St. Benedict famously called the monastery a "workshop and a school for God’s service." It was a place to grow closer to God, to build a community founded on mercy and compassion. "Your way of acting should be different from the world’s way; the love of Christ must come before all else," he writes in “The Tools for Good Works.” And elsewhere: "Let peace be your quest and aim."
A great deal of saber-rattling is occurring in our country. As of this writing, the current administration has sent additional troops and military equipment to the Middle East in an escalating war of words with Iran. Will we provoke Iran, or will some Gulf of Tonkin-like incident be used as the pretext for provoking us? Add to this the continuing chaos and tension over North Korea’s efforts to build nuclear warheads.
I have spent the past few weeks reading the many essays of Thomas Merton on peace and nonviolence. These essays written in the Fifties and Sixties remain remarkably relevant and prescient still today. Here is Merton warning of the danger of blindly following leaders who would drive us into war:
“The fact that they are powerful does not mean that they are sane, and the fact that they speak with intense conviction does not mean they speak the truth.”
Remind you of the run up to the Iraq War, or the current rhetoric over Iran?
Merton’s prose poem “Original Child Bomb” is a poignant reminder of the absurdity of war. The Japanese, who endured the ultimate suffering of the atomic age, dubbed the atomic bomb the “Original Child.” They recognized that humankind had birthed something uniquely new and demonic. The A-bomb’s makers called it “baby boy.”
The bomb dropped over Hiroshima spread a fireball 18,000 feet wide and had a temperature at its center of 100 million degrees. It killed 70,000 people either instantly or within a few hours. Merton concluded that the concept of a “just war” in the atomic age was a fallacy.
As I write, conventional bombs continue to fall on the people of Syria and Yemen. Explosives erupt in Iraq, Afghanistan, site of America’s longest war, and in many other hot spots across the world. There is continued evidence of chemical weapons use by the Syrian government. It can all seem far off to so many of us, sitting in our backyards, enjoying our neat lawns, or sipping a glass of Merlot at dinner. Merton’s words from his preface to the Vietnamese edition of No Man Is An Island call us to a deeper reality:
“A purely individualistic inner life unconcerned for the suffering of others is unreal. Therefore, my meditation on love and peace must be realistically and intimately related to the fury of war, bloodshed, burning, destruction [and] killing that takes place on the other side of the world. This raises the great question of responsibility in a world which has now become a vast unity, and in which everyone is involved in the lives and joys and sorrows of everyone else.”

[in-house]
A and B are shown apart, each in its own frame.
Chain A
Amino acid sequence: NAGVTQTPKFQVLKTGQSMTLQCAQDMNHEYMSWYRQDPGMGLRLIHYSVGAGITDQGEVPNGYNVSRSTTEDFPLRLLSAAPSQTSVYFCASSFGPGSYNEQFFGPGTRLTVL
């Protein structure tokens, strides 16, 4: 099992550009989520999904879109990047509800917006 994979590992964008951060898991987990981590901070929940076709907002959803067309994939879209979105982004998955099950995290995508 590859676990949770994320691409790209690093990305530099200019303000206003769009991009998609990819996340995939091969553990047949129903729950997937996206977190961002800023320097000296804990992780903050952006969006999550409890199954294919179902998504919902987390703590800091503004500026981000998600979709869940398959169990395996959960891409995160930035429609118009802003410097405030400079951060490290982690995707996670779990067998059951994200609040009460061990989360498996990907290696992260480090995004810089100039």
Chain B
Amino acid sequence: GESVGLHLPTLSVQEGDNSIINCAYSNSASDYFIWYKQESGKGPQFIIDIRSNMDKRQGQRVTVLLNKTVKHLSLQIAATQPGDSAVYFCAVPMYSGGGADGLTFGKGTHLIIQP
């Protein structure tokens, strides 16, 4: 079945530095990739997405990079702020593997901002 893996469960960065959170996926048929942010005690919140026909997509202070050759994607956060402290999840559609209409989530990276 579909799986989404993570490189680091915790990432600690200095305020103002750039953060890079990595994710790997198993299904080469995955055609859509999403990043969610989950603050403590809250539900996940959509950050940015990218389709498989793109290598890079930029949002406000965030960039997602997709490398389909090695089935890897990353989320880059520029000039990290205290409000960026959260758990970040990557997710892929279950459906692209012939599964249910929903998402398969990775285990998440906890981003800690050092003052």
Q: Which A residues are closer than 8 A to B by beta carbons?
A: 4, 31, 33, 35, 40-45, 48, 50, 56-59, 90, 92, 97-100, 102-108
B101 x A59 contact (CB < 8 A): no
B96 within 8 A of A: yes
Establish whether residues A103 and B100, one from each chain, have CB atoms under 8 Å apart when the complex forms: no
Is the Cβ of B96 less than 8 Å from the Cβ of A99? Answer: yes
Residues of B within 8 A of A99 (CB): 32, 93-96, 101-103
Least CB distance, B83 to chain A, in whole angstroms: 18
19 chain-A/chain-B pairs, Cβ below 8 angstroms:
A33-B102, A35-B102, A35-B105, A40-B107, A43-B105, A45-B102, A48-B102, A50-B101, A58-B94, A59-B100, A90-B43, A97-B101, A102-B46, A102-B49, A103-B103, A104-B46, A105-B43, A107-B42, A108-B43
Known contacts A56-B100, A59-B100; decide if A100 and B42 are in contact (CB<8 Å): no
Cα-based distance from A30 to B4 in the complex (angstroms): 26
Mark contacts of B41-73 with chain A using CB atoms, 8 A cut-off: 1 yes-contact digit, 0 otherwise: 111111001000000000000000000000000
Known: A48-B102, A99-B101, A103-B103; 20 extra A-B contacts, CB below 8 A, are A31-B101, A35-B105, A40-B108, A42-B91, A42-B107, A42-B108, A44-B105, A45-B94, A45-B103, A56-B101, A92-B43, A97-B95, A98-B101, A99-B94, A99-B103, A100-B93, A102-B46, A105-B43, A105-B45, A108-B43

Merton points out that it is easy to sit quietly in a monastery and meditate on love, humility, mercy and peace. Much harder to practice peace, to work for peaceful co-existence in our families, our communities, our nation, and ultimately our world. We are fortunate to have great role models in many of our Benedictine sisters, including those who founded Benedictines for Peace, who courageously protested the Vietnam War and the war in Iraq, and who continue to oppose inhumane (and un-Christian) policies affecting asylum seekers, immigrants and refugees.
At this writing, six children have died since September 2018 while being held in detention centers on the southern border. Some 22 people – most under the age of 45 - have died in detention centers across the country over the past two years (the count is as of January 2019).
The poet John Donne famously warned, "never send to know/for whom the bell tolls;/ it tolls for thee." Merton wrote that when a person attempts to live for himself or herself alone, that person “becomes a little ‘island’ of hate, greed, suspicion, fear, desire." One’s entire outlook becomes affected.
“In order to recover the true perspective, which is that of love and compassion,” Merton adds, “[one] must again learn, in simplicity and trust and peace that ‘no man is an island.’”
A great bell is tolling across our nation. It tolls for us. Will we who try to live by Benedictine values sit idly by? Or will we choose to work for peace, however and wherever we can?
Judith Valente is the author of four spirituality books, most recently How To Live: What The Rule of St. Benedict Teaches Us About Happiness, Meaning and Community"and The Art of Pausing: Meditations for the Overworked and Overwhelmed. She is a former staff writer for The Washington Post and The Wall Street Journal and covered religion for many years as a contributing correspondent to "Religion & Ethics NewsWeekly" on national PBS-TV. She gives frequent talks and leads retreats on Benedictine spirituality in daily life.
Make the questions personal and answer them for yourself: Will I who try to live by Benedictine values or sit idly by? Or will I choose to work for peace, however and wherever I can? Explain.
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